Bush in India: Just Not Welcome
By Arundhati Roy
-- -- On his triumphalist tour of India and Pakistan, where he hopes
to wave imperiously at people he considers potential subjects,
President Bush has an itinerary that's getting curiouser and
For Bush's March 2 pit stop in New Delhi, the Indian government
tried very hard to have him address our parliament. A not
inconsequential number of MPs threatened to heckle him, so Plan One
was hastily shelved. Plan Two was to have Bush address the masses
from the ramparts of the magnificent Red Fort, where the Indian
prime minister traditionally delivers his Independence Day address.
But the Red Fort, surrounded as it is by the predominantly Muslim
population of Old Delhi, was considered a
security nightmare. So now we're into Plan Three: President
George Bush speaks from Purana Qila, the Old Fort.
Ironic, isn't it, that the only safe public space for a man who
has recently been so enthusiastic about India's modernity should be
a crumbling medieval fort?
Since the Purana Qila also houses the Delhi zoo, George Bush's
audience will be a few hundred caged animals and an approved list of
caged human beings, who in India go under the category of "eminent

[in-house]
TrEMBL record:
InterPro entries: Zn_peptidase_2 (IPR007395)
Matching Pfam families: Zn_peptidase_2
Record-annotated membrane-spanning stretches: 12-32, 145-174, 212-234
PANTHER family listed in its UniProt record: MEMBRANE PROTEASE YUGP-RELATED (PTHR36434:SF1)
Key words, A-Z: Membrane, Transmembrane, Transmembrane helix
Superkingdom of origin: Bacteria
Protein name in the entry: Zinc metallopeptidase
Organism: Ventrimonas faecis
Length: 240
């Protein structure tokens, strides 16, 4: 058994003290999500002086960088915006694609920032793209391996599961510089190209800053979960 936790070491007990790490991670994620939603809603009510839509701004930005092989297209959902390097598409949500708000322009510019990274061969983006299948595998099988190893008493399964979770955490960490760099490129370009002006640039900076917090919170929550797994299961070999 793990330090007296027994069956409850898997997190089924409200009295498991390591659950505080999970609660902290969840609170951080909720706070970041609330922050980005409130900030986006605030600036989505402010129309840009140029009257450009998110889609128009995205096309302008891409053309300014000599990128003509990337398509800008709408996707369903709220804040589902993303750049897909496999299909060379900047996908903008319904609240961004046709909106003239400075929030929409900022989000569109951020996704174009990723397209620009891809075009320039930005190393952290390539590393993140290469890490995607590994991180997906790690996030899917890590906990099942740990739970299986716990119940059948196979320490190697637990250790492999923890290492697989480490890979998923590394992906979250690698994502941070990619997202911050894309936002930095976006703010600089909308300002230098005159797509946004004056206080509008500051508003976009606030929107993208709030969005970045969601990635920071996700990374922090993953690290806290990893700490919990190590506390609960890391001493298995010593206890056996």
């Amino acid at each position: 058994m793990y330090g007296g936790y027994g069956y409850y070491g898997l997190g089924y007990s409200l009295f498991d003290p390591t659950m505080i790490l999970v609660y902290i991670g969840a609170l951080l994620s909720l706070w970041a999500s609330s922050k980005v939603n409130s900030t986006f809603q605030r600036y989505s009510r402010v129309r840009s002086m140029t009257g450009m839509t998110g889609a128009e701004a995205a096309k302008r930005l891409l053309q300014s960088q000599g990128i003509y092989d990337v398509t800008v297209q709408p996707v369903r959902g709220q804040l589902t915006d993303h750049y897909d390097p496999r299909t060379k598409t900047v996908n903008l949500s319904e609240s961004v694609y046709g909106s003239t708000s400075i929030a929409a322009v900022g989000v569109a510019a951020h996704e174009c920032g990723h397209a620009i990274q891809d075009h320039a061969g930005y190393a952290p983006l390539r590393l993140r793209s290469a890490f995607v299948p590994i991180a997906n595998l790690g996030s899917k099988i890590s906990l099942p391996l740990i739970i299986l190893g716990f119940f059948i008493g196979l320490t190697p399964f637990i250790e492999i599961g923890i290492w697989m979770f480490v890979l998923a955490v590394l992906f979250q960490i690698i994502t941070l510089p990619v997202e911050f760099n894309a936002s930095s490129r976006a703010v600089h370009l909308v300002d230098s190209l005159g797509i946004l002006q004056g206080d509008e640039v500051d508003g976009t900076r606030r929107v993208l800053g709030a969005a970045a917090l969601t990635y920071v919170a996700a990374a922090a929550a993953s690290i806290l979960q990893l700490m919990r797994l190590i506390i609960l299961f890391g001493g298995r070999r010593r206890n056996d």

persons." They're mostly rich folk who live in our poor country like
captive animals, incarcerated by their own wealth, locked and barred
in their gilded cages, protecting themselves from the threat of the
vulgar and unruly multitudes whom they have systematically
dispossessed over the centuries.
So what's going to happen to George W. Bush? Will the gorillas
cheer him on? Will the gibbons curl their lips? Will the
brow-antlered deer sneer? Will the chimps make rude noises? Will the
owls hoot? Will the lions yawn and the giraffes bat their beautiful
eyelashes? Will the crocs recognize a kindred soul? Will the quails
give thanks that Bush isn't traveling with Dick Cheney, his hunting
partner with the notoriously bad aim? Will the CEOs agree?
Oh, and on March 2, Bush will be taken to visit
Gandhi's memorial in Rajghat. He's by no means the only war
criminal who has been invited by the Indian government to lay
flowers at Rajghat. (Only recently we had the Burmese dictator
General Than Shwe, no shrinking violet himself.) But when Bush
places flowers on that famous slab of highly polished stone,
millions of Indians will wince. It will be as though he has poured a
pint of blood on the memory of Gandhi.
We really would prefer that he didn't.
It is not in our power to stop Bush's visit. It is in our power
to protest it, and we will. The government, the police and the
corporate press will do everything they can to minimize the extent
of our outrage. Nothing the happy newspapers say can change the fact
that all over India, from the biggest cities to the smallest
villages, in public places and private homes, George W. Bush, the
President of the United States of America, world nightmare
incarnate, is just not welcome
the Booker Prize-winning author of
'The God of Small Things' and
'The Ordinary Person's Guide to Empire', lives in New Delhi,
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